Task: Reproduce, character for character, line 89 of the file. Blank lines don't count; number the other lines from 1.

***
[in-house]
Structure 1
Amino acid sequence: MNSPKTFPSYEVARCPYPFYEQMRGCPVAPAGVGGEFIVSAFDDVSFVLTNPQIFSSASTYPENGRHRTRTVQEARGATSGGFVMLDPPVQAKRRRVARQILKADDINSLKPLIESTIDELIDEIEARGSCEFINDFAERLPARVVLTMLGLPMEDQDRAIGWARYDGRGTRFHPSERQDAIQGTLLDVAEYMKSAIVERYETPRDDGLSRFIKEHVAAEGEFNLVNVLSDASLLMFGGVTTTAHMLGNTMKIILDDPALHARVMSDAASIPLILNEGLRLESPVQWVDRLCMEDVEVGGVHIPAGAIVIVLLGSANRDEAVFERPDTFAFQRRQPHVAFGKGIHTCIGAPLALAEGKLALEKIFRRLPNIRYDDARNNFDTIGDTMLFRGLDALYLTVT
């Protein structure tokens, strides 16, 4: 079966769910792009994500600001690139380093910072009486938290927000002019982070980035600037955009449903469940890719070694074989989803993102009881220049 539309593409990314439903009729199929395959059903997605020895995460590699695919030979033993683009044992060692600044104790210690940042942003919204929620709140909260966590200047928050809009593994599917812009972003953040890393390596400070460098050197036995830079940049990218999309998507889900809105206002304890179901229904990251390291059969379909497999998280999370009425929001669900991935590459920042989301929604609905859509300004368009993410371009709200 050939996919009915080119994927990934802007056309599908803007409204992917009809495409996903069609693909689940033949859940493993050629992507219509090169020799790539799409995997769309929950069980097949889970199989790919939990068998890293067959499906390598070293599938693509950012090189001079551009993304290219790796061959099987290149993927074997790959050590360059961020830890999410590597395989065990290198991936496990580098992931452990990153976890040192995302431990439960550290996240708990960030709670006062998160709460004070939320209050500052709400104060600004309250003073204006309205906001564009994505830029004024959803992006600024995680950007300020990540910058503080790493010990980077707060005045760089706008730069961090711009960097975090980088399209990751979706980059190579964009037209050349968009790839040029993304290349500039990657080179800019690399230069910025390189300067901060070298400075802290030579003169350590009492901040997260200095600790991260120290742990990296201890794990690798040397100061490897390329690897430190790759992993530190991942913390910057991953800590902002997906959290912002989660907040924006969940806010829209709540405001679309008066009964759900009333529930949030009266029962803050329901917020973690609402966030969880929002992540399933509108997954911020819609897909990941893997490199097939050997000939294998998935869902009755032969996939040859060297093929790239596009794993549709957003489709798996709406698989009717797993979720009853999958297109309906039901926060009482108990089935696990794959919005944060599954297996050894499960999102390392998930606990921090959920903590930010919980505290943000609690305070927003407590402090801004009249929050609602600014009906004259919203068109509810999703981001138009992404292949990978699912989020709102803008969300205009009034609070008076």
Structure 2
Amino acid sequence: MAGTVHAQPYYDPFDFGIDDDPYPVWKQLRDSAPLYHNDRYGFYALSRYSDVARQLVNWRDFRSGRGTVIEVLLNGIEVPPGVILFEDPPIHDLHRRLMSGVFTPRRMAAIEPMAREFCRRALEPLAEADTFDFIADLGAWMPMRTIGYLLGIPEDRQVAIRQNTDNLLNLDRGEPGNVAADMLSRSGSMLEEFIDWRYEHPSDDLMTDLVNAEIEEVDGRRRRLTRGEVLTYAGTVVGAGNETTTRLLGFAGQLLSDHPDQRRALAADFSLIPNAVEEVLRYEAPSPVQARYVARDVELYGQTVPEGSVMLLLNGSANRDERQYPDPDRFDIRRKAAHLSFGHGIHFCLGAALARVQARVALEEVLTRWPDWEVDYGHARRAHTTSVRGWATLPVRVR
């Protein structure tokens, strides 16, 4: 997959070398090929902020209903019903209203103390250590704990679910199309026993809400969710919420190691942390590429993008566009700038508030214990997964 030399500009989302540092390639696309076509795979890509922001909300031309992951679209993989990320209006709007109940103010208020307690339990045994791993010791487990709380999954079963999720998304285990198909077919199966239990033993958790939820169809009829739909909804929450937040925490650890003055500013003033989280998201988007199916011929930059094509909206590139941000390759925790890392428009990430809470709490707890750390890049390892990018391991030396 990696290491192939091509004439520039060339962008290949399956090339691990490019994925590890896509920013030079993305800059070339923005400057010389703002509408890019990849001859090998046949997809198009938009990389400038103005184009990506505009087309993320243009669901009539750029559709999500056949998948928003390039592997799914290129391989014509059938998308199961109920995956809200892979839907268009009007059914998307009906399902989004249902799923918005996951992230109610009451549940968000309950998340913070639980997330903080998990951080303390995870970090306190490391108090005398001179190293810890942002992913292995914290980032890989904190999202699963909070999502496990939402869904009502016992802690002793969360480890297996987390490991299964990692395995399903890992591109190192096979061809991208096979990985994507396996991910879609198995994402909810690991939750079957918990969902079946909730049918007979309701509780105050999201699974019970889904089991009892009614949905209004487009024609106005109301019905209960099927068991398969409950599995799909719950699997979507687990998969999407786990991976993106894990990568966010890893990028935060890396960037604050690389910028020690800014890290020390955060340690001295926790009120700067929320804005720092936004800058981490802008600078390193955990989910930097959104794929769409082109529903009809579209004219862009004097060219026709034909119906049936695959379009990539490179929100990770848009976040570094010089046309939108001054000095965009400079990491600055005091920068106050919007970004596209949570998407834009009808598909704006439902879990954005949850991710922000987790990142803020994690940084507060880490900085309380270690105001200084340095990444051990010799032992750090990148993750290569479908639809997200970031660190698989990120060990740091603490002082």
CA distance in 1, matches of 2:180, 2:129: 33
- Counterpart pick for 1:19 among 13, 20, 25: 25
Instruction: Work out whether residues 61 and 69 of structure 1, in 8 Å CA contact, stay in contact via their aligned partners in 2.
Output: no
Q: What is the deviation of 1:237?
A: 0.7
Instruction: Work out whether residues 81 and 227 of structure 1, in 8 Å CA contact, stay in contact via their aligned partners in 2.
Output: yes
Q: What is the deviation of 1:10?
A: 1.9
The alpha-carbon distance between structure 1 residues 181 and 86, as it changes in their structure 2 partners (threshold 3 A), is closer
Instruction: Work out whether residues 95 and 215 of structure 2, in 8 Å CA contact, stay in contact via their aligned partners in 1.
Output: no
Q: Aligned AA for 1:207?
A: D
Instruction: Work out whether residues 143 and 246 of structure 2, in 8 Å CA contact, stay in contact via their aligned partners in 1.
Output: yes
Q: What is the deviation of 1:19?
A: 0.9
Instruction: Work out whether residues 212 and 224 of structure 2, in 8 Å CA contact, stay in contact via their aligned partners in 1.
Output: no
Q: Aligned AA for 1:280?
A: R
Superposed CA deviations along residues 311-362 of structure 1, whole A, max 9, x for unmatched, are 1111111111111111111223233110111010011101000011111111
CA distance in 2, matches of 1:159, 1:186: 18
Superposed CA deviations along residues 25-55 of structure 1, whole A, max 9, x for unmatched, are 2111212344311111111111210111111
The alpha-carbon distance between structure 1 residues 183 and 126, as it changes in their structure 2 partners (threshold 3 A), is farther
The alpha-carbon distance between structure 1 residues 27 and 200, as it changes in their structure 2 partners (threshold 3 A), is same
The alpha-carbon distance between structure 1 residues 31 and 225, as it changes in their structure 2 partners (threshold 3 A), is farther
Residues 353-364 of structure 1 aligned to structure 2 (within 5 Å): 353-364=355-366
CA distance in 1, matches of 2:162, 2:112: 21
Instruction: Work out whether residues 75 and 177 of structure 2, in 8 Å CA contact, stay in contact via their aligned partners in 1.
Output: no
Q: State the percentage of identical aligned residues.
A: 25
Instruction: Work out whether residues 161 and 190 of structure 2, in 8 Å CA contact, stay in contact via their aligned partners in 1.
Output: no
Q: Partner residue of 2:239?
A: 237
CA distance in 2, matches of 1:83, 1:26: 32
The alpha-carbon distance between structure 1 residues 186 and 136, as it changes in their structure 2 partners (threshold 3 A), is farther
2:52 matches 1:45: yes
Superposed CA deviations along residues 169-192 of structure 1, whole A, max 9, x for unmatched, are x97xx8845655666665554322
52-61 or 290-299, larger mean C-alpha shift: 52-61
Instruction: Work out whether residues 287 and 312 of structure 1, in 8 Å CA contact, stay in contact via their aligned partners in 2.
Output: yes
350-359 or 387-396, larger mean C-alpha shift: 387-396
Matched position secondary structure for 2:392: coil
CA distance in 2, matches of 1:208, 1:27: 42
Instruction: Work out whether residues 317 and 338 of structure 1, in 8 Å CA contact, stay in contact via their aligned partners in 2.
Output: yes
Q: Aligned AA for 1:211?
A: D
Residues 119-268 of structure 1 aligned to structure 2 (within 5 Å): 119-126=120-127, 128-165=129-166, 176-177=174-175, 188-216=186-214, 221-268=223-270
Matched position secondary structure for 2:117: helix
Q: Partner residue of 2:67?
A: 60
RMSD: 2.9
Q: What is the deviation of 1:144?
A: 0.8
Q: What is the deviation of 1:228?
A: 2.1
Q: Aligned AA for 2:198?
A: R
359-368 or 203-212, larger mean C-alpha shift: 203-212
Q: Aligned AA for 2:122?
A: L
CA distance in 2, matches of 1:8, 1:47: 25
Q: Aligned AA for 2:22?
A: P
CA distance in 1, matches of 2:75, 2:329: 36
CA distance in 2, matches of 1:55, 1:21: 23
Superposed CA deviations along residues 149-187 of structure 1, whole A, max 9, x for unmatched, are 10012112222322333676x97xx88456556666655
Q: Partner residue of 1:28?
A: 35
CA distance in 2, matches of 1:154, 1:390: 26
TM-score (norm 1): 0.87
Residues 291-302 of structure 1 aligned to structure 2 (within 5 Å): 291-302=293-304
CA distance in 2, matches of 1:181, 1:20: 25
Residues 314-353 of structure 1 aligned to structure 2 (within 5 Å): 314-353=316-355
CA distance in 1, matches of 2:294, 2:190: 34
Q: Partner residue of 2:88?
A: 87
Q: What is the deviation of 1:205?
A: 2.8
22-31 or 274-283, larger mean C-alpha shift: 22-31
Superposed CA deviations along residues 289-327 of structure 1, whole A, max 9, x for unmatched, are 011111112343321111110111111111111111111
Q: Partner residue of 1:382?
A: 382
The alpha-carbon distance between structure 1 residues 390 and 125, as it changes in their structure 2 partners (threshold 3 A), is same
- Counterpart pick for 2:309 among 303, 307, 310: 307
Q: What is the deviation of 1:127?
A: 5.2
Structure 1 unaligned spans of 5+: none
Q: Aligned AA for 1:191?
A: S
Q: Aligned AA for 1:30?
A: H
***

Q: Partner residue of 2:88?